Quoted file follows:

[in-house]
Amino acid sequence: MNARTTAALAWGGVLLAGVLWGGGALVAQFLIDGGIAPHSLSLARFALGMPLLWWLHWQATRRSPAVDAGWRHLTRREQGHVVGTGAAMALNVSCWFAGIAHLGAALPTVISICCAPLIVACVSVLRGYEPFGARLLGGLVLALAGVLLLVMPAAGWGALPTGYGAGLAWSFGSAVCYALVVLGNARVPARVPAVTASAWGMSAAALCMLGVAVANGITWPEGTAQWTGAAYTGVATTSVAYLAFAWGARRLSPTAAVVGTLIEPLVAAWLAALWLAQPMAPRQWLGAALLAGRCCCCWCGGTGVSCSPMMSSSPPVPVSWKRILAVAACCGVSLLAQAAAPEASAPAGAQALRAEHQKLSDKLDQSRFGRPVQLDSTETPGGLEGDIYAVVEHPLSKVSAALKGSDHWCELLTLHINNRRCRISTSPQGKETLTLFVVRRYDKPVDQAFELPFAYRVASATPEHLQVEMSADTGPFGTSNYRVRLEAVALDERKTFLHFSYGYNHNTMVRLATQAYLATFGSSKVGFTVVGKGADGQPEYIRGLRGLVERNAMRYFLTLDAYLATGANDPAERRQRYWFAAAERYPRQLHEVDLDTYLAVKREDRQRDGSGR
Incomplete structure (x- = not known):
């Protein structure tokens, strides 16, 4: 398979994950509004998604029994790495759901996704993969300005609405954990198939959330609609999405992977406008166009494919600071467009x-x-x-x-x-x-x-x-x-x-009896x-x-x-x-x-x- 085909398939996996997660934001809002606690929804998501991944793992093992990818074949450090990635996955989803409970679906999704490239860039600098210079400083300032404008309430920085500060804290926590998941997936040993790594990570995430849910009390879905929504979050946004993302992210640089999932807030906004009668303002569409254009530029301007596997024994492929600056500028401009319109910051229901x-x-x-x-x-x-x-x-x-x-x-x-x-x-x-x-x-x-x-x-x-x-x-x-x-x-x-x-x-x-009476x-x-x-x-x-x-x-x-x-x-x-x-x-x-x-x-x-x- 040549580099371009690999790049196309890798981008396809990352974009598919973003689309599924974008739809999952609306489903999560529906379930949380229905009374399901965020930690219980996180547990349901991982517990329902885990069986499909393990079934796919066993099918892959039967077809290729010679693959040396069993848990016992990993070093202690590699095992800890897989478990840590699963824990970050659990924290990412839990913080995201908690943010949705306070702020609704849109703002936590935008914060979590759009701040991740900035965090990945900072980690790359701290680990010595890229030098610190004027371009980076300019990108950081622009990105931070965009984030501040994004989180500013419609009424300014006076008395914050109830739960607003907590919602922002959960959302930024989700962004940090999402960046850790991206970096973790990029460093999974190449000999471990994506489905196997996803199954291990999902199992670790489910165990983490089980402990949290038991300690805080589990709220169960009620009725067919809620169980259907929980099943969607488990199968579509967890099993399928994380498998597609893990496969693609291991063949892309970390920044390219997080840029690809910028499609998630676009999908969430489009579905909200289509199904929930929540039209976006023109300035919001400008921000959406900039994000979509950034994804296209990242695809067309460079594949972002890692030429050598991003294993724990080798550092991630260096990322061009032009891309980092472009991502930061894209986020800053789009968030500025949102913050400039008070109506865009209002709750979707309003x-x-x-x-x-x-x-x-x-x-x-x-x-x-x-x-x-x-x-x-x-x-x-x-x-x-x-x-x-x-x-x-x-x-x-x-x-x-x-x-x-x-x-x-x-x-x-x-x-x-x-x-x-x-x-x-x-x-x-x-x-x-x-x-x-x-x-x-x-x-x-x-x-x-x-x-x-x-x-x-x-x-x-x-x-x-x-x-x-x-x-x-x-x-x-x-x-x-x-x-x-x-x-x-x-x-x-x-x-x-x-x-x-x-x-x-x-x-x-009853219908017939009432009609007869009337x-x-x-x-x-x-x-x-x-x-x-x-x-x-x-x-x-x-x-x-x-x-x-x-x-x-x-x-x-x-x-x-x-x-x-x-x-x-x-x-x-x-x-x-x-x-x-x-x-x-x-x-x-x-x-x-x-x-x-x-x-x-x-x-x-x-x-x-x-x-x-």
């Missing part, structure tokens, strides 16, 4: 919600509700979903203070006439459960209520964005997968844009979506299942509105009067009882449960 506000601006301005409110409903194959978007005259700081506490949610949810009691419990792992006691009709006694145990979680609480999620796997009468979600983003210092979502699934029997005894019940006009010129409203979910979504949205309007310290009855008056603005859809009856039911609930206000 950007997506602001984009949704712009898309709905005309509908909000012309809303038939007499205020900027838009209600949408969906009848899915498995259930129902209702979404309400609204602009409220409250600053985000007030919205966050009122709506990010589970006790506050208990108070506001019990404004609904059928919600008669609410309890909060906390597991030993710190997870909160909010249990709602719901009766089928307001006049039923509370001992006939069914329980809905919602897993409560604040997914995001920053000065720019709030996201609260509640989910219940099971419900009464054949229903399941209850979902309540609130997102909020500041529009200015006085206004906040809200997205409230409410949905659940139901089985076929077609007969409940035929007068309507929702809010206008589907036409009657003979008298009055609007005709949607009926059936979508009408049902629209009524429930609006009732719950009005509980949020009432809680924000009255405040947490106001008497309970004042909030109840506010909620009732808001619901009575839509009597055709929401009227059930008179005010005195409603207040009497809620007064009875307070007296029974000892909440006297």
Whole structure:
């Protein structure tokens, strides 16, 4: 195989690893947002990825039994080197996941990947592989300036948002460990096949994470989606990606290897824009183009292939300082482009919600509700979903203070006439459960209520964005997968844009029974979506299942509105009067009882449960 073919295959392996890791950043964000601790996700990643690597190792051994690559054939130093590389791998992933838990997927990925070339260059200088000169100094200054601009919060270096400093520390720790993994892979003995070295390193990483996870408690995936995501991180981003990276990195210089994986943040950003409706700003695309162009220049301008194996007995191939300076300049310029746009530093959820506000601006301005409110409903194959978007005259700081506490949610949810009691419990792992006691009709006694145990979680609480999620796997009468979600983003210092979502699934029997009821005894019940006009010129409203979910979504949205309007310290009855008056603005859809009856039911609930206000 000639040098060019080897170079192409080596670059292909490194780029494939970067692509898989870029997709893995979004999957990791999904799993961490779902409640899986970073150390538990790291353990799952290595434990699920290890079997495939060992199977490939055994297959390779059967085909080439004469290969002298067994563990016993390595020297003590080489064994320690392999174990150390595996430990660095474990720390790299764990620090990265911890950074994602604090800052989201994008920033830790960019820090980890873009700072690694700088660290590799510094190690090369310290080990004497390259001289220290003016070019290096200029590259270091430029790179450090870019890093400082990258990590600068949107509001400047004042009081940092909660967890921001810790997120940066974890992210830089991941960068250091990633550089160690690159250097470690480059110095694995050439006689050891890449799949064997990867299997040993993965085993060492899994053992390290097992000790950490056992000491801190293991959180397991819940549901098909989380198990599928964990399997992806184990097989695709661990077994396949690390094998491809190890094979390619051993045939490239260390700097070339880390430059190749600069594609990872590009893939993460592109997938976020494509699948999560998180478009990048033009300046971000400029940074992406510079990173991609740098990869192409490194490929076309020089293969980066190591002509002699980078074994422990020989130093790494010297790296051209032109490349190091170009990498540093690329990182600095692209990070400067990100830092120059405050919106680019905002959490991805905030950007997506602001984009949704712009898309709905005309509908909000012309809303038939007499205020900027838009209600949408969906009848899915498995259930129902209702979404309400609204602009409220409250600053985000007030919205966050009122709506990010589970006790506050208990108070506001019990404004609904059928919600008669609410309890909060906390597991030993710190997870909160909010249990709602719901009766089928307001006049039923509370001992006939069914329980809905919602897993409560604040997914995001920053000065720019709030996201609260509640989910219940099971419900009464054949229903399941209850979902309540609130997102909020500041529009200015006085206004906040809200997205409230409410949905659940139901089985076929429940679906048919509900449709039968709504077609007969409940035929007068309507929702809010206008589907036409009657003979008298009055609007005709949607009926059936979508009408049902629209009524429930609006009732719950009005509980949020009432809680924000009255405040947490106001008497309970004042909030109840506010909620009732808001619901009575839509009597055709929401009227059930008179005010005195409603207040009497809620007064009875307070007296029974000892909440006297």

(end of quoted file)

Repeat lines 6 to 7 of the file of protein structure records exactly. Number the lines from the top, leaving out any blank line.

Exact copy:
Whole structure:
């Protein structure tokens, strides 16, 4: 195989690893947002990825039994080197996941990947592989300036948002460990096949994470989606990606290897824009183009292939300082482009919600509700979903203070006439459960209520964005997968844009029974979506299942509105009067009882449960 073919295959392996890791950043964000601790996700990643690597190792051994690559054939130093590389791998992933838990997927990925070339260059200088000169100094200054601009919060270096400093520390720790993994892979003995070295390193990483996870408690995936995501991180981003990276990195210089994986943040950003409706700003695309162009220049301008194996007995191939300076300049310029746009530093959820506000601006301005409110409903194959978007005259700081506490949610949810009691419990792992006691009709006694145990979680609480999620796997009468979600983003210092979502699934029997009821005894019940006009010129409203979910979504949205309007310290009855008056603005859809009856039911609930206000 000639040098060019080897170079192409080596670059292909490194780029494939970067692509898989870029997709893995979004999957990791999904799993961490779902409640899986970073150390538990790291353990799952290595434990699920290890079997495939060992199977490939055994297959390779059967085909080439004469290969002298067994563990016993390595020297003590080489064994320690392999174990150390595996430990660095474990720390790299764990620090990265911890950074994602604090800052989201994008920033830790960019820090980890873009700072690694700088660290590799510094190690090369310290080990004497390259001289220290003016070019290096200029590259270091430029790179450090870019890093400082990258990590600068949107509001400047004042009081940092909660967890921001810790997120940066974890992210830089991941960068250091990633550089160690690159250097470690480059110095694995050439006689050891890449799949064997990867299997040993993965085993060492899994053992390290097992000790950490056992000491801190293991959180397991819940549901098909989380198990599928964990399997992806184990097989695709661990077994396949690390094998491809190890094979390619051993045939490239260390700097070339880390430059190749600069594609990872590009893939993460592109997938976020494509699948999560998180478009990048033009300046971000400029940074992406510079990173991609740098990869192409490194490929076309020089293969980066190591002509002699980078074994422990020989130093790494010297790296051209032109490349190091170009990498540093690329990182600095692209990070400067990100830092120059405050919106680019905002959490991805905030950007997506602001984009949704712009898309709905005309509908909000012309809303038939007499205020900027838009209600949408969906009848899915498995259930129902209702979404309400609204602009409220409250600053985000007030919205966050009122709506990010589970006790506050208990108070506001019990404004609904059928919600008669609410309890909060906390597991030993710190997870909160909010249990709602719901009766089928307001006049039923509370001992006939069914329980809905919602897993409560604040997914995001920053000065720019709030996201609260509640989910219940099971419900009464054949229903399941209850979902309540609130997102909020500041529009200015006085206004906040809200997205409230409410949905659940139901089985076929429940679906048919509900449709039968709504077609007969409940035929007068309507929702809010206008589907036409009657003979008298009055609007005709949607009926059936979508009408049902629209009524429930609006009732719950009005509980949020009432809680924000009255405040947490106001008497309970004042909030109840506010909620009732808001619901009575839509009597055709929401009227059930008179005010005195409603207040009497809620007064009875307070007296029974000892909440006297």